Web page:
Underage Drinking Study: Wasteful and Biased
The largest taxpayer watchdog group in the US, Citizens Against
Government Waste has condemned a National Academy of Sciences (NAS)
report intended by Congress to identify effective programs to reduce
underage drinking. However, the citizens’ group charges that
the report instead promotes an unproven agenda, violates the congressional
mandate, and wastes $500,000 of taxpayer money.
An analysis by Citizens Against Government Waste concludes that:
- “NAS failed to follow the intent of Congress, which was
to have the panel review existing programs aimed at combating
underage drinking and determine which are the most effective.
Instead, NAS appointed a biased pane with preconceived notions
that increasing taxes and restricting advertising on alcoholic
beverages would reduce underage drinking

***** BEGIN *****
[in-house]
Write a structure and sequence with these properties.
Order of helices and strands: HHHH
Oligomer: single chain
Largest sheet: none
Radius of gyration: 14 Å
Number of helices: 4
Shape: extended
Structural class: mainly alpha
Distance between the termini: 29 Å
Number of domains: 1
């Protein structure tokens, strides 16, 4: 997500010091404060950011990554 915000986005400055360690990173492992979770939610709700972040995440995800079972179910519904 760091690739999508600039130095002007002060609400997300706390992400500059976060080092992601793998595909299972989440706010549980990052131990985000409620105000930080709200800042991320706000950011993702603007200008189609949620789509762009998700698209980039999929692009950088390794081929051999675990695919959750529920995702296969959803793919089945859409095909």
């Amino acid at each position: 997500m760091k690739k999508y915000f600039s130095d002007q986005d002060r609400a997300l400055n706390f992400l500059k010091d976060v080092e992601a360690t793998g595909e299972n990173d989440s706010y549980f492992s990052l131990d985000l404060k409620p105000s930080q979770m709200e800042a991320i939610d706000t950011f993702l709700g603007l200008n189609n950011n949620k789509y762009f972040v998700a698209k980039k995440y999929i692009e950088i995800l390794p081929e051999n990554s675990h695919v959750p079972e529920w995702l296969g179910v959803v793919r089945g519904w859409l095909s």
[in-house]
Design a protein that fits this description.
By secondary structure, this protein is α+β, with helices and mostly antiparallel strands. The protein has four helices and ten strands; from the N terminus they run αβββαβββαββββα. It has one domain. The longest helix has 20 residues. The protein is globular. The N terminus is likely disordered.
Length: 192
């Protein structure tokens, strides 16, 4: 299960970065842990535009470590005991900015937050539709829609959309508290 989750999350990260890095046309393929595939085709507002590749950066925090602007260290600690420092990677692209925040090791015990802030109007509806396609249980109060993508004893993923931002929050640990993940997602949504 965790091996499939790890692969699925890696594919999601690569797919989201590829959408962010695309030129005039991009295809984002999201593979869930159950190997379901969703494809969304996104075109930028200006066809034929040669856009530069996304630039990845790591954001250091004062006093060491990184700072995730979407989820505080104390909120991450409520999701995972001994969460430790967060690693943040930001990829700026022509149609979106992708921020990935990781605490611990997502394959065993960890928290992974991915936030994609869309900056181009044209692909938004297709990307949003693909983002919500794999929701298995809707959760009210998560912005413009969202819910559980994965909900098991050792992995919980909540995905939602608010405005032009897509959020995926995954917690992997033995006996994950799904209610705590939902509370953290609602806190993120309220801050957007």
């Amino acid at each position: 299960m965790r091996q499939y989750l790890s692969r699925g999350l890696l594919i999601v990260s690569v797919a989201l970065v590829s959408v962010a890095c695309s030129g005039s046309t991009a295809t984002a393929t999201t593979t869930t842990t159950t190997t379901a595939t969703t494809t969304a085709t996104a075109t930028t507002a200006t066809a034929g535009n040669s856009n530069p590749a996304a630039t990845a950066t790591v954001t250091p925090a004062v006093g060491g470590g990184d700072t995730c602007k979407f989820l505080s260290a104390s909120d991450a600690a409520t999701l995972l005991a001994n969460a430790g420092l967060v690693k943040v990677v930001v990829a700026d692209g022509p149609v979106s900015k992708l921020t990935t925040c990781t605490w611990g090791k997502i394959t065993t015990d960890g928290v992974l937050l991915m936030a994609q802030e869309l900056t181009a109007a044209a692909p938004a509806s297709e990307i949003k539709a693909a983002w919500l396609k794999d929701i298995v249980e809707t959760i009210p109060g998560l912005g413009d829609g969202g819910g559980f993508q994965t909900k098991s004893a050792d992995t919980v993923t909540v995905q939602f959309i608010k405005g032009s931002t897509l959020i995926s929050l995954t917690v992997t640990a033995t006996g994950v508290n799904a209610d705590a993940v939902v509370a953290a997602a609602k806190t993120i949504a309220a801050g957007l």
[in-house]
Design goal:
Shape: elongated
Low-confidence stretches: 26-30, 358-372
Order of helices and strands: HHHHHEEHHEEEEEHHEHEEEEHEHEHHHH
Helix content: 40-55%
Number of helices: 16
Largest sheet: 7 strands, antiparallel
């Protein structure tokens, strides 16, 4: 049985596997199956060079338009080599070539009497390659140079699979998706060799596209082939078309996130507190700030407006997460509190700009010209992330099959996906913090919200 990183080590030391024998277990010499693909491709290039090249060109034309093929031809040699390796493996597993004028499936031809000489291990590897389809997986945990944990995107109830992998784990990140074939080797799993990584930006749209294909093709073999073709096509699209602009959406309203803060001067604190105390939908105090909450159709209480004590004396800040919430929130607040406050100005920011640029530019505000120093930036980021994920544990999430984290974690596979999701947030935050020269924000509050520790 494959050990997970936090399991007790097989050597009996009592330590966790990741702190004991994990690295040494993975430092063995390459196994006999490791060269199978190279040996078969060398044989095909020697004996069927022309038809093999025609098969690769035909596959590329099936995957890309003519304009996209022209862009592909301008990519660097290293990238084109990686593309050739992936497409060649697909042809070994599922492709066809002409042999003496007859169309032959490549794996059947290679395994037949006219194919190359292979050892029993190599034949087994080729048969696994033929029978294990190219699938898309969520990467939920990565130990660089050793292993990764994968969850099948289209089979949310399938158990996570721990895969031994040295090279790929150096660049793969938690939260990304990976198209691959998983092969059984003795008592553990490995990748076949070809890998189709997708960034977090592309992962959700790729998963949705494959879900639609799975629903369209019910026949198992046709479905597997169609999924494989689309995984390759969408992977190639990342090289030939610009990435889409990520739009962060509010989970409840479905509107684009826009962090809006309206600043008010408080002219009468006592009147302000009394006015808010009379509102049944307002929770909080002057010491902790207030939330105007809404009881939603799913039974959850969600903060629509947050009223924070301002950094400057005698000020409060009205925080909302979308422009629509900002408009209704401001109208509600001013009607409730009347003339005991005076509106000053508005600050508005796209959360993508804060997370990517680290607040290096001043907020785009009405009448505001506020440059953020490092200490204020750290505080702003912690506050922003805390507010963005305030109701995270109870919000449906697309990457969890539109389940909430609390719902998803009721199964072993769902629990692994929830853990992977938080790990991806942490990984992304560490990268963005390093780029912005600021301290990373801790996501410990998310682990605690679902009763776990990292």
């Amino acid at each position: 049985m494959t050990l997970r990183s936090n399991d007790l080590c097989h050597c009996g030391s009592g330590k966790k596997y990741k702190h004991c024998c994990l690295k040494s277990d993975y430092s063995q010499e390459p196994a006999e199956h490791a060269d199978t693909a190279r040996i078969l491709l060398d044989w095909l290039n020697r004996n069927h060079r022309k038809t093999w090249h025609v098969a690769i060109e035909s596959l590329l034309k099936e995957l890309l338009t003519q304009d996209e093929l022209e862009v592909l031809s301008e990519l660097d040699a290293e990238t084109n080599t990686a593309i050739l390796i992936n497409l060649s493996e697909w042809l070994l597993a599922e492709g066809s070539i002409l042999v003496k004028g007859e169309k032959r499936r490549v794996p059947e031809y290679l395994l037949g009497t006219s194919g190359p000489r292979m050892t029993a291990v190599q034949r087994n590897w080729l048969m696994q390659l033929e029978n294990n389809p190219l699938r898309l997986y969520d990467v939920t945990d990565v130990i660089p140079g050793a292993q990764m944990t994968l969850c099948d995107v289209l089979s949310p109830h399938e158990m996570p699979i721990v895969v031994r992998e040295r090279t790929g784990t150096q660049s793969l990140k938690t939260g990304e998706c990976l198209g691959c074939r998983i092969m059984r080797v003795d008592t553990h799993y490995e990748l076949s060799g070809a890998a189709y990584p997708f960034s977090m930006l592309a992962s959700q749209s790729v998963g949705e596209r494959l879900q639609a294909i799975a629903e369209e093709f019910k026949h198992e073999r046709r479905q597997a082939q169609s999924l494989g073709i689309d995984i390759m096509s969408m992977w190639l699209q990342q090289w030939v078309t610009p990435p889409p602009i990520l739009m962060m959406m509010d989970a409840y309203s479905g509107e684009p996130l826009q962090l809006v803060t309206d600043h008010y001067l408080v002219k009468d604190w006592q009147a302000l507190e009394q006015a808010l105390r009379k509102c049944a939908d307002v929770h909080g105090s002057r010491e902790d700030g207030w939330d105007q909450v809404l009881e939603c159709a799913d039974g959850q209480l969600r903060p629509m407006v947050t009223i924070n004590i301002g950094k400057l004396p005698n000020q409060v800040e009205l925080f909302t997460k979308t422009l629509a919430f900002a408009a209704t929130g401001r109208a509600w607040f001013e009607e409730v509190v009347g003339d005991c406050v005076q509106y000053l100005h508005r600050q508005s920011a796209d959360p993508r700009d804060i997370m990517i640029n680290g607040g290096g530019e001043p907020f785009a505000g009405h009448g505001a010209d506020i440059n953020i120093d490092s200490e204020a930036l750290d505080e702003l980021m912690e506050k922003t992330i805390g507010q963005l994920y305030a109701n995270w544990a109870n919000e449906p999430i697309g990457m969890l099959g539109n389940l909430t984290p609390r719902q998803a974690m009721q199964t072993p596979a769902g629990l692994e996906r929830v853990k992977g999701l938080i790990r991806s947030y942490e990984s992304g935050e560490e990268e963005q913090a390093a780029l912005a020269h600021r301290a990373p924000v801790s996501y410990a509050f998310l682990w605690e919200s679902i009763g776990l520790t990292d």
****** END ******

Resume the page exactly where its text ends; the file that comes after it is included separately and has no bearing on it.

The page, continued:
- “NAS failed to divulge conflicts of interests among the
panelists in violation of the Federal Advisory Committee Act.
A majority of the panelists have been associated with or received
funding from anti-alcohol organizations.
- “The panel’s actions have raised concerns among
(at least 140) members of Congress.
- “A May 2001 General Accounting Office report identified
23 federal agencies which spent a total of 71.1 million in fiscal
2000 on efforts to prevent underage drinking. The $500,000 spent
on the NAS study was a waste of taxpayers dollars as it will do
nothing to identify which of these efforts are successful.”
“When Congress commissions such a study, it is imperative
that politics and bias be put aside. Taxpayer money should not be
used to promote a political agenda through such studies. the NAS’s
actions warrant a congressional investigation” said Tom Schatz,
President of Citizens Against Government Waste.
“Underage Drinking Study: Wasteful and Biased” can
be accessed at www.cagw.org.
- Freydenlund, John E. Underage
Drinking Study: Wasteful and Biased. - National Academy of Sciences
Squanders $500,000 and Violates Federal Law. Washington, DC:
Citizens Against Government Waste, 2003. Document can be accessed